Academic journal article Cross - Cultural Communication

Interpreting Infidelity: Reading a British Film, Brief Encounter (1945), by Hispanic Men and Women

Academic journal article Cross - Cultural Communication

Interpreting Infidelity: Reading a British Film, Brief Encounter (1945), by Hispanic Men and Women

Article excerpt


This brief study presents the interpretations of a British film, Brief Encounter (1945), by 102 Hispanic-American college students. The film presents a tale of infidelity and deception by two married people. The subjects are invited to speculate on the responses and reactions of their partners in the event of infidelity. The subjects are also asked to contemplate their own reactions were they to face the situation of infidelity of their partner. The paper describes the differences in responses by men and women. The paper suggests that the audience's reactions and interpretations to entertainment/media materials from other cultures are viewed through one's own cultural perspective, thus people from different cultures watching the same movie or reading the same book may actually be having very different experiences and responses.

Key words: Infidelity; Brief Encounter, Marriage; Culture


From playwrights such as Euripides and William Shakespeare to novelists such as Charlotte Bronte and D. H. Lawrence, writers from all ages and all cultures have used the theme of adultery as a foundation for some of the greatest literary works (Zur, 2012). Entertaining notions of sexual desires that are condemned by a society bring to surface dramatic elements such as passion, deception, betrayal, jealousy, conflict, and tragedy. Even the intention of adultery threatens to bring dire emotional consequences for concerned.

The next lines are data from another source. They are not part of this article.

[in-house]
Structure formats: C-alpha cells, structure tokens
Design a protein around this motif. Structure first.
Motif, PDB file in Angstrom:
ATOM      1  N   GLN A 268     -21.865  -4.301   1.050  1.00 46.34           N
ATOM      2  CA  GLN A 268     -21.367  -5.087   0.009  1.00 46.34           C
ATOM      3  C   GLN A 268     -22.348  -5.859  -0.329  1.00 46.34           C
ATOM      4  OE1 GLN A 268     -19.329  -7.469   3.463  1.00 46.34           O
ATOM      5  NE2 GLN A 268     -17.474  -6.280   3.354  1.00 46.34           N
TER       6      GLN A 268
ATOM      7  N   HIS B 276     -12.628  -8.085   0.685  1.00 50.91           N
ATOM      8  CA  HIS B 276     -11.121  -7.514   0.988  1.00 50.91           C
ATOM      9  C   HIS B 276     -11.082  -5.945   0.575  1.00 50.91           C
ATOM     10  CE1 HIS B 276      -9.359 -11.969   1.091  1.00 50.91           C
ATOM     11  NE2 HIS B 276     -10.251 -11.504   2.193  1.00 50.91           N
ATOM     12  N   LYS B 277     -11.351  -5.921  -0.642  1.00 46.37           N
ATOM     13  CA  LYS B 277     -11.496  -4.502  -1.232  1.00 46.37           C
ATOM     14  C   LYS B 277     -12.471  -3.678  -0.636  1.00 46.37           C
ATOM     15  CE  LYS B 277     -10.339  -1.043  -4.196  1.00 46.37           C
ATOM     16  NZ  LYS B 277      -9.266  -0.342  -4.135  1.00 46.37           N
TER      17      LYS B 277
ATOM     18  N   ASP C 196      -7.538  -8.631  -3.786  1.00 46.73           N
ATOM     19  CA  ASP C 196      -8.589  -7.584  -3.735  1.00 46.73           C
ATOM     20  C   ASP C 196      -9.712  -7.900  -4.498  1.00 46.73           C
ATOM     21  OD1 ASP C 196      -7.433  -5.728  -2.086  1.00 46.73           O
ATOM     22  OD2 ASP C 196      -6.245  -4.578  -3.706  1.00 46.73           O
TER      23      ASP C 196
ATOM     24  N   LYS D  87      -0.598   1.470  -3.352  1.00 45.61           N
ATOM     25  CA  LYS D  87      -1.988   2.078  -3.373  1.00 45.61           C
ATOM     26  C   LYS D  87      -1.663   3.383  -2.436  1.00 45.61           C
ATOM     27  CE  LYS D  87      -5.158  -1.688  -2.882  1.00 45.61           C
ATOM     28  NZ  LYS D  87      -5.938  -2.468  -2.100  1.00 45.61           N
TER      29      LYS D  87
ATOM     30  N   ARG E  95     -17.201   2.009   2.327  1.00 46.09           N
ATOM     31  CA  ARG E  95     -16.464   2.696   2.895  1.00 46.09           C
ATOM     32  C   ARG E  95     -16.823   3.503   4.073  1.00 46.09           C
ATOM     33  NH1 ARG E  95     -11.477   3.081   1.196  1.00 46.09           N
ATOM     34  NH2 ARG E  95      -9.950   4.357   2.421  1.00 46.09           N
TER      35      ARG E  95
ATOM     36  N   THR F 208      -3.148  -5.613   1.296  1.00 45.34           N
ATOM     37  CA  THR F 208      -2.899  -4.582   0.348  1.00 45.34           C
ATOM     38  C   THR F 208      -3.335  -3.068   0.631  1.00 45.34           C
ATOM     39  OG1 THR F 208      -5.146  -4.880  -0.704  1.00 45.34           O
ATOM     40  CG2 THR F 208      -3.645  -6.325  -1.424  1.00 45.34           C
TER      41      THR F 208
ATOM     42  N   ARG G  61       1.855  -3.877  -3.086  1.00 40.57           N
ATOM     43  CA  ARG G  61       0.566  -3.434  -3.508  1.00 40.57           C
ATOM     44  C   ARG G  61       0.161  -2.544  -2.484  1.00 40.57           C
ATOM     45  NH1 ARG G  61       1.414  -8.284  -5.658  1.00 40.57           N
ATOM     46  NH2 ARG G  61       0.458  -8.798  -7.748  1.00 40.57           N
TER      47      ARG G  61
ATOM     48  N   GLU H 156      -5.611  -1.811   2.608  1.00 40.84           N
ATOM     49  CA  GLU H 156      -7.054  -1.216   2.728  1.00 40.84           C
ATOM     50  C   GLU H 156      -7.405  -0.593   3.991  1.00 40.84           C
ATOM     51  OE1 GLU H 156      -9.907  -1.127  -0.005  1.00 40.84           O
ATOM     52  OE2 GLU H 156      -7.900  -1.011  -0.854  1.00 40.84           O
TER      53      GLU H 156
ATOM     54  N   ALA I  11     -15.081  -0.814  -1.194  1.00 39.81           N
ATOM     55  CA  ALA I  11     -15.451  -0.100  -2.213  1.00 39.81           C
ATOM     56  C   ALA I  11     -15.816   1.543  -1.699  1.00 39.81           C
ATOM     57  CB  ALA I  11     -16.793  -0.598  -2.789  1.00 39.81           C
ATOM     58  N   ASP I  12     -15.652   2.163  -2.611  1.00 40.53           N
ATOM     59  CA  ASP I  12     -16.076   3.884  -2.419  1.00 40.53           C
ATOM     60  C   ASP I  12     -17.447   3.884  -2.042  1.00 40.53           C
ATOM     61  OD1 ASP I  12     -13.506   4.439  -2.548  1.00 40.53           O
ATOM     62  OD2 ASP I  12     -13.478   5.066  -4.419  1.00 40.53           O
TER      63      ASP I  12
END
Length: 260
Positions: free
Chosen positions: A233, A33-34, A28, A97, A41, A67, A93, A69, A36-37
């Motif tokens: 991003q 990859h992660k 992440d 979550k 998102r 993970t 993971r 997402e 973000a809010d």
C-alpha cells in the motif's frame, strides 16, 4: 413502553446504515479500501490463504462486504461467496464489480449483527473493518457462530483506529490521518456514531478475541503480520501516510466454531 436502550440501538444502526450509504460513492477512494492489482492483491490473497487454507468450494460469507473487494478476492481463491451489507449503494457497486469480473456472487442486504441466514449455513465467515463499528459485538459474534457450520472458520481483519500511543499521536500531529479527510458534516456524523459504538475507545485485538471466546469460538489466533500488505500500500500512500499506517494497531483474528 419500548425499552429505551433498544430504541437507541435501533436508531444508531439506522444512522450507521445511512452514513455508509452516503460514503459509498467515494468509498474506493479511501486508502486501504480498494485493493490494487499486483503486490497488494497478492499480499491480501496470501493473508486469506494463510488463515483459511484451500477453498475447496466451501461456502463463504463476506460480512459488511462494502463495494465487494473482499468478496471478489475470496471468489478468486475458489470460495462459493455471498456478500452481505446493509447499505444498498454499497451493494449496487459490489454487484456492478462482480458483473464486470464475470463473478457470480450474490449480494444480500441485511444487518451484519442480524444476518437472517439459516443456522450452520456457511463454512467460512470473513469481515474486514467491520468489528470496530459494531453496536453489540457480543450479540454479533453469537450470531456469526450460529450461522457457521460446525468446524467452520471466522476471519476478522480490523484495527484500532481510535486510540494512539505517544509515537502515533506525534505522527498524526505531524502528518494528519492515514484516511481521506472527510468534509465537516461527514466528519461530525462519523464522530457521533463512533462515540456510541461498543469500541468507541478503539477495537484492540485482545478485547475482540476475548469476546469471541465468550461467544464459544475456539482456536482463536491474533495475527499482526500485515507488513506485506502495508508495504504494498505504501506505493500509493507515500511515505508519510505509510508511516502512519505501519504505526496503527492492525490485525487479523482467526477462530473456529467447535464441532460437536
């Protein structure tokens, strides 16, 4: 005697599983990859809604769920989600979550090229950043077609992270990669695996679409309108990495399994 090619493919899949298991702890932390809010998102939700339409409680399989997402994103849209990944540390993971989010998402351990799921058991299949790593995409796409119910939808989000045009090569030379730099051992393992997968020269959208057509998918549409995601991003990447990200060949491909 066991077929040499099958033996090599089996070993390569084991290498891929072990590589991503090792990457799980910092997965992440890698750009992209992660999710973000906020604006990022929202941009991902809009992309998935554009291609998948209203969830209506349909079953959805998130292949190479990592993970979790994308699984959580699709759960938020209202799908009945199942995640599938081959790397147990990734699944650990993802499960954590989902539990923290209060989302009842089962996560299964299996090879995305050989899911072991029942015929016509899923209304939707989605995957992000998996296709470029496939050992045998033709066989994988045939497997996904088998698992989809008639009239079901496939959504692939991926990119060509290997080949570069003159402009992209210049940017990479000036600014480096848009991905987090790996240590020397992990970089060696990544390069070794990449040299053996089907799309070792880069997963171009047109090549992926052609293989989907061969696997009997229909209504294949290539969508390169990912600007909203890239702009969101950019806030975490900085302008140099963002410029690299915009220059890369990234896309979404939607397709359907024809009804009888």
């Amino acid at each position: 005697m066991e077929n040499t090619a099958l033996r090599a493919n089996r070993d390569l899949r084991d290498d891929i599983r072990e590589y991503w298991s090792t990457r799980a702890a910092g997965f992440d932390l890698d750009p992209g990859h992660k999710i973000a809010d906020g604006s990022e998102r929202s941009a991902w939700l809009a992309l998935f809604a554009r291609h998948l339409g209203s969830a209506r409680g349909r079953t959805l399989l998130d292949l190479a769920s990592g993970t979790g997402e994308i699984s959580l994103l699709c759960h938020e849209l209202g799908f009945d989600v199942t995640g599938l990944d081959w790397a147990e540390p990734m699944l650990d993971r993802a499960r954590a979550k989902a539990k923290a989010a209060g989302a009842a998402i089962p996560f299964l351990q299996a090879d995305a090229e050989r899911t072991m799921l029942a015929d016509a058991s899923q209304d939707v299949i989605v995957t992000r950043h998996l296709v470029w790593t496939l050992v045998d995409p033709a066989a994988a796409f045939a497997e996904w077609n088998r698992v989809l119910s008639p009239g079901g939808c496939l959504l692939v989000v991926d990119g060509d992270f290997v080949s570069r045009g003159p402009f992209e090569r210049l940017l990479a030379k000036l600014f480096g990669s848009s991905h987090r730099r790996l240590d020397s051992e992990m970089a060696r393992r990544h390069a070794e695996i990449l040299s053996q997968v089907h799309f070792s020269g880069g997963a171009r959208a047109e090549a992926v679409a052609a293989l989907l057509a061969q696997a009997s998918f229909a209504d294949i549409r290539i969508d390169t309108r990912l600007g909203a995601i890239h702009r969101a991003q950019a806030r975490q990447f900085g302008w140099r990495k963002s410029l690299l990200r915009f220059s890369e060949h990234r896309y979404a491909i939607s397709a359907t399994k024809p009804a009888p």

Since marriaSe md family 8erve as foundation of a 80ciety' *e act' or even 016 "tent' of adulteIy creates w "temal conflict-acting on one's impulses may lead to Personal haPPine88; it will also lead to social disapproval and unhappiness for others. In any story dealing with ada ^ 016 susPense 1,e? in 1116 readers' "ticipation. WU ^ characters surrender to their desires or will they terminate the precarious balancing act before falling? A reader may r00t for characters to take their pleasure but as s00n as ^ act is committed the readers may turn aSalnst adulterers and want t0 kn0"' lf "" ^ get away WIth ^ deed or recelve due.

Attitudes towards love, marriage, monogamy, and "®del'*y acr08s culture8' AttItudes als0 tend *° differ based on gender. According to Levine (1993) 96% of Americans felt that love was necessary for marriage. Hsu (1981) wrote that when considering marriage in an individualistic culture such as the United States, an individual asks, "How does my heart feel?" ^ a collectivistic culture such as China, a person asks, , what will other people say? In cultures such as India and Pakistan, only half of the people consider love as an important factor in marriage (Levine, 1993). In collectivistic cultures, the goal of a marriage is not necessarily the happiness of the couple; instead, the goal is to raise a family. In some cultures, the traditional of marriage between a male and a female be on the decline, however, forming romantic relationships is a "universal human activity" and 95% people get married (Floyd, 2009).

Research has shown that married people live longer (Kaplan & Kronick, 2006; Manzoli, Villarti, Pirone & Boccia, 2007) and are healthier (Macintyre, 1992). Additionally, married people are less likely to engage in risky health behavior (Floyd, 2009) and are less likely to abuse alcohol (Duncan, Wilkerson & England, 2006) or use other illicit substances (Bachman, Wadsworth, O'Malley, Johnson & Schulenberg, 1997), whereas single people are more likely to suffer from mental illness, depression, and other psychosomatic issues (Kim & McKenry, 2002; Lamb, Lee

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